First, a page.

Episode 290: The World of the Wampanoag, Part 1: Before 1620

Image credit: Image of Native interpretation of Historic Patuxet courtesy of Plimoth Patuxet.

This program is funded in part by Mass Humanities.

Before New England was New England, it was the Dawnland. A region that remains the homeland of numerous Native American peoples, including the Wampanoag.

Over the next two episodes, we’ll explore the World of the Wampanoag before and after 1620, a year that saw approximately 100 English colonists enter the Wampanoags’ world. Those English colonists have been called the “Pilgrims” and this year, 2020, marks the 400th anniversary of their arrival in New England.

The arrival of these English settlers brought change to the Wampanoags’ world. But many aspects of Wampanoag life and culture persisted, as did the Wampanoag who lived, and still live, in Massachusetts and beyond.

In this episode, we’ll investigate the cultures, society, and economy of the Wampanoags’ 16th- and 17th-century world. This focus will help us develop a better understanding for the peoples, places, and circumstances of the World of the Wampanoag.

This two-episode “World of the Wampanoag” series is made possible through support from Mass Humanities.

Any views, findings, conclusions, or recommendations expressed in this episode do not necessarily represent those of the National Endowment for the Humanities.

About the Show

Ben Franklin’s World is a podcast about early American history.

It is a show for people who love history and for those who want to know more about the historical people and events that have impacted and shaped our present-day world.

Ben Franklin’s World is a production of the Omohundro Institute.

Episode Summary

On December 16, 1620, the ship Mayflower carried approximately 100 English colonists into the Dawnland and into the World of the Wampanoag.

In this episode we speak with Darius Coombs, Director of Wampanoag and Algonquian Interpretive Training at the Plimoth Patuxet Museums and a citizen of the Mashpee-Wampanoag nation; Lorén Spears, Executive Director of the Tomaquag Museum and a citizen of the Niantic-Narragansett nation; Jade Luiz, Curator of Collections at Plimoth Patuxet Museums and a historical archaeologist; and Andrew Lipman, an Associate Professor of History at Barnard College and the author of the forthcoming book The Death and Life of Squanto.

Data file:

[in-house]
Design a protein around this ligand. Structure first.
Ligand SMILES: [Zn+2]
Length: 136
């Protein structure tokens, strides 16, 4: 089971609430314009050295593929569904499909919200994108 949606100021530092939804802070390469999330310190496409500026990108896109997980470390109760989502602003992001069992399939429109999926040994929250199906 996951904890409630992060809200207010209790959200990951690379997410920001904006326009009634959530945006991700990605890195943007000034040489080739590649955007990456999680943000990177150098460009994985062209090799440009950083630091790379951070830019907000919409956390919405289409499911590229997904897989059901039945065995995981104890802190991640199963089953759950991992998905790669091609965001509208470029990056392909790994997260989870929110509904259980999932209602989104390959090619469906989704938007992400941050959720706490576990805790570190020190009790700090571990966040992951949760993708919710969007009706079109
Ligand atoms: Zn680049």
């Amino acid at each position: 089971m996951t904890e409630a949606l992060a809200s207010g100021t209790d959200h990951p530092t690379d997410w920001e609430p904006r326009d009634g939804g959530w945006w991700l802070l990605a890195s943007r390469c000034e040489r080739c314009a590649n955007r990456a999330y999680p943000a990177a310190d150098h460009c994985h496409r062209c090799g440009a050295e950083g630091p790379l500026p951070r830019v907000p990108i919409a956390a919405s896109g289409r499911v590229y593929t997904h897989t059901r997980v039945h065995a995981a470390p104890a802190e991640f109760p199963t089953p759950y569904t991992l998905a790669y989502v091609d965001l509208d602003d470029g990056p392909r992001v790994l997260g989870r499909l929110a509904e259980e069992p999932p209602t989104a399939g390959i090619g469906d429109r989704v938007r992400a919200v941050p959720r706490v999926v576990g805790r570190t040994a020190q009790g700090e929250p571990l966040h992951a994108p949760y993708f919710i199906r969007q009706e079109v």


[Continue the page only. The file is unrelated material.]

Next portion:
What You’ll Discover

  • Details about the history of the Wampanoag
  • Details about the history of their neighbors, the Narragansett
  • Relations between the Wampanoag & others, including the Narragansett
  • Seasonal patterns of life
  • Life in a summer Narragansett village
  • Life in a late fall and winter Wampanoag village
  • Archaeology for the Wampanoags’ material world
  • How and why the Wampanoag & Narragansett grew corn, beans, & squash
  • How fish was a regularly used as an effective fertilizer
  • Wampanoag watercraft
  • Trade networks
  • Trade as cultural exchange
  • Trade as diplomacy
  • Early Wampanoag interactions with Europeans
  • European capture & enslavement of Native Americans
  • The epidemic of 1616-1619
  • The World of the Wampanoag after the epidemic of 1616-1619
  • The English settlers’ landing at Patuxet

Links to People, Places, and Publications

Series Music

The original music you heard throughout this episode was composed by Joel Roston, in collaboration with Wampanoag musician Durwood Vanderhoop, with additional music by Narragansett musicians Sherenté Harris, Lynsea Montanari, and Nkéke Harris.

The Wampanoag and Narragansett songs included in the score, and arranged throughout the episode, were composed by Durwood Vanderhoop, Sherenté Harris, and Nkéke Harris.

We'd also like to thank Dr. Charles Shadle, Senior Lecturer at MIT for sharing thoughts on the general Native American musical landscape. Dr. David Hildebrand, Specialist in Early American Music, for a consultation on Pilgrim music. Sara Schneider, Author of The Eagle and the Songbird and host of KMFA's “Early Music Now,” for Florentine music consultation. Rob Jaret, Composer, for emergency music notation services. And, Adam Mazo, Director of the Upstander Project, Michelle Mizner, Filmaker, and Farhad Ebrahimi, Founder and President of the Chorus Foundation, for general consultation.

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